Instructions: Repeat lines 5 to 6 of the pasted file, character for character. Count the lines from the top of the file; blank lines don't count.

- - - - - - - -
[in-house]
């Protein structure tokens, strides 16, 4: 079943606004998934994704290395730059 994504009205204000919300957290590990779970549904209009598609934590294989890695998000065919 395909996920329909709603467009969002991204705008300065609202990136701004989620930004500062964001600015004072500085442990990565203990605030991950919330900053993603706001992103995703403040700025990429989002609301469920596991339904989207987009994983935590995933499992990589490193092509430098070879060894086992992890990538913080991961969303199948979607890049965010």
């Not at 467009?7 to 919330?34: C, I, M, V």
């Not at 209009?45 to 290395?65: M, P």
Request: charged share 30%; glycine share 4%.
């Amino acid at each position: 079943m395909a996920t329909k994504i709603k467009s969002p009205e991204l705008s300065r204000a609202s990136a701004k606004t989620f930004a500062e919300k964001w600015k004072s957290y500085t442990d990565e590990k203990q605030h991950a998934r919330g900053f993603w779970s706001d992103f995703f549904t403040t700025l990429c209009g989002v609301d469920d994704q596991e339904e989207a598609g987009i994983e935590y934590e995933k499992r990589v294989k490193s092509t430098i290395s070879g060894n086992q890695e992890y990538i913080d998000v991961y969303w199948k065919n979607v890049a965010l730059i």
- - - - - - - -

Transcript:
Request: charged share 30%; glycine share 4%.
């Amino acid at each position: 079943m395909a996920t329909k994504i709603k467009s969002p009205e991204l705008s300065r204000a609202s990136a701004k606004t989620f930004a500062e919300k964001w600015k004072s957290y500085t442990d990565e590990k203990q605030h991950a998934r919330g900053f993603w779970s706001d992103f995703f549904t403040t700025l990429c209009g989002v609301d469920d994704q596991e339904e989207a598609g987009i994983e935590y934590e995933k499992r990589v294989k490193s092509t430098i290395s070879g060894n086992q890695e992890y990538i913080d998000v991961y969303w199948k065919n979607v890049a965010l730059i």